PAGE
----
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Last Updated: Wednesday, 14 December 2005, 17:37 GMT
Q&A: Planning and hazardous sites
As residents and businesses around Buncefield oil depot begin assessing the damage following explosions and fire at the site, the local MP has condemned planning laws that allowed construction so close.

What are the laws governing the location of sites handling hazardous substances?

Any plan to build a site handling hazardous substances above a level specified by the government requires consent from the hazardous substances authority, usually the local authority.

Aerial view of Buncefield blaze
Experts say the cost to nearby businesses could be "multi-millions"
It must seek advice from the Health and Safety Executive (HSE) and Environment Agency on "residual risks" associated with the proposal even after all reasonable steps have been taken to ensure safety.

The authority then has the final decision on whether to approve the plan.

How is development around existing hazardous sites regulated?

The HSE decides on the size of a "consultation zone" around sites, based on the nature and quantity of hazardous substances allowed there.

The local authority must then seek the advice of the HSE when there are proposals for certain types of development within that zone.

Proposals requiring HSE consultation include: all residential development; retail, office and industrial premises above a certain size; and any other development likely to increase the number of people working within or visiting the area.

The HSE's role is again purely advisory, the final decision resting with the authority.

What are the authority's considerations?

The HSE acknowledges that for authorities facing such planning decisions, "safety, however important, is only one of the elements to be considered".

"There are few locations where new hazardous installations can be 'shoehorned' into place without creating some risk to an existing community," says the HSE.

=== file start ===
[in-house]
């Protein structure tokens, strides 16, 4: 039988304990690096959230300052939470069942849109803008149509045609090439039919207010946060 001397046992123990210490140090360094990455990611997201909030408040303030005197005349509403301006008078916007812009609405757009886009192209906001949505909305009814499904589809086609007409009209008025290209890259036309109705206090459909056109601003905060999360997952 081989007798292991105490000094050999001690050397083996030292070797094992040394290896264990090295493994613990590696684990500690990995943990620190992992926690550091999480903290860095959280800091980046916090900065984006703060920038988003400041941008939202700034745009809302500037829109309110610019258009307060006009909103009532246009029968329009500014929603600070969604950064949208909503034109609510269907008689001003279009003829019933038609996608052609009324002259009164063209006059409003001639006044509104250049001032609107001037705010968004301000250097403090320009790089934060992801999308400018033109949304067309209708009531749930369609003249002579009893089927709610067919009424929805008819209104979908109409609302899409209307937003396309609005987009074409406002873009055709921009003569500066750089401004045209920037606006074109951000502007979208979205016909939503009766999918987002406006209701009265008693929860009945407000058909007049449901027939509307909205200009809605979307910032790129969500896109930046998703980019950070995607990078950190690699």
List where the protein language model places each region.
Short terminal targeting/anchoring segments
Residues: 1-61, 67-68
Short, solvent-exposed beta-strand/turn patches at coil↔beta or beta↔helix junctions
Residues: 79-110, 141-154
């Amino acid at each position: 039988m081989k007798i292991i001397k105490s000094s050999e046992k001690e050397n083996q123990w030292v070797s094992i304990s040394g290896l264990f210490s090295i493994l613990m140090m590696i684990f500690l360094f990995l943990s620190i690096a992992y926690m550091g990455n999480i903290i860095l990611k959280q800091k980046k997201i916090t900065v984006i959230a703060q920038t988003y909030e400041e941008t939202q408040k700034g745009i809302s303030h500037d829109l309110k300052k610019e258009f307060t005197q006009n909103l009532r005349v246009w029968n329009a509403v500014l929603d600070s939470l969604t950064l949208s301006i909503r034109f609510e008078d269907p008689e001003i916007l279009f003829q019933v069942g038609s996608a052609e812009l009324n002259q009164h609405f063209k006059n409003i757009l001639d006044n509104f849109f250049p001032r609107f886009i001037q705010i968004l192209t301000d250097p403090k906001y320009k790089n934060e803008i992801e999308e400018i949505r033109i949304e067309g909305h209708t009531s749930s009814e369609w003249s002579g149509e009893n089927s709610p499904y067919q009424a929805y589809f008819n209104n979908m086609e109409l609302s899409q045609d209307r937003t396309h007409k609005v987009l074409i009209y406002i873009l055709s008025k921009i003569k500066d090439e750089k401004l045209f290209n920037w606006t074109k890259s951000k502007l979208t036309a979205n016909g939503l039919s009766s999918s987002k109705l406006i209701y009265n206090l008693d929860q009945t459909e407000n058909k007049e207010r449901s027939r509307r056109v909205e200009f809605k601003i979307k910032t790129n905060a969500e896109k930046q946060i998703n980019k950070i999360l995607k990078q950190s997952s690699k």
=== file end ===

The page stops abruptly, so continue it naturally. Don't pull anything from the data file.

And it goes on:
"The UK is a small, densely populated island and such undeveloped areas as do exist are often so remote or of such environmental value as to be unsuitable for industrial use.

"It also remains the case that, to be economically viable, industries need to be sited where they are accessible to main transport routes and to sources of labour."

It adds: "A balance has to be struck between the needs of industry, the needs of the community and the interests of safety."

Could the planning laws change as a result of the Buncefield disaster?

Forty-three people were injured in the explosions and fire, two seriously, and insurance assessors have warned the cost to nearby businesses will run into "multi-millions of pounds".

Mike Penning, Conservative MP for Hemel Hempstead, said 60 major commercial buildings would need to be demolished because they were now structurally unsafe, and another 150 had suffered superficial damage.

But he added that thousands of people could have been injured if the blast had not happened early on a Sunday morning.

"We were very lucky this time - if it had gone off at 10 o'clock on a Monday morning there would have been 30,000 people inside the blast zone," Mr Penning said.

Some 30,000 people worked and 2,000 others lived within the area in which windows were shattered by the explosion, he said.

"I think this major national disaster will mean the need for a fundamental change in planning law that allows these sorts of depots so close to commercial and residential properties," he said.

A spokeswoman for the Office of the Deputy Prime Minister said it was too early to say whether the disaster would affect planning policy.

She said the department would await the findings of the investigation being carried out by the HSE and Environment Agency.

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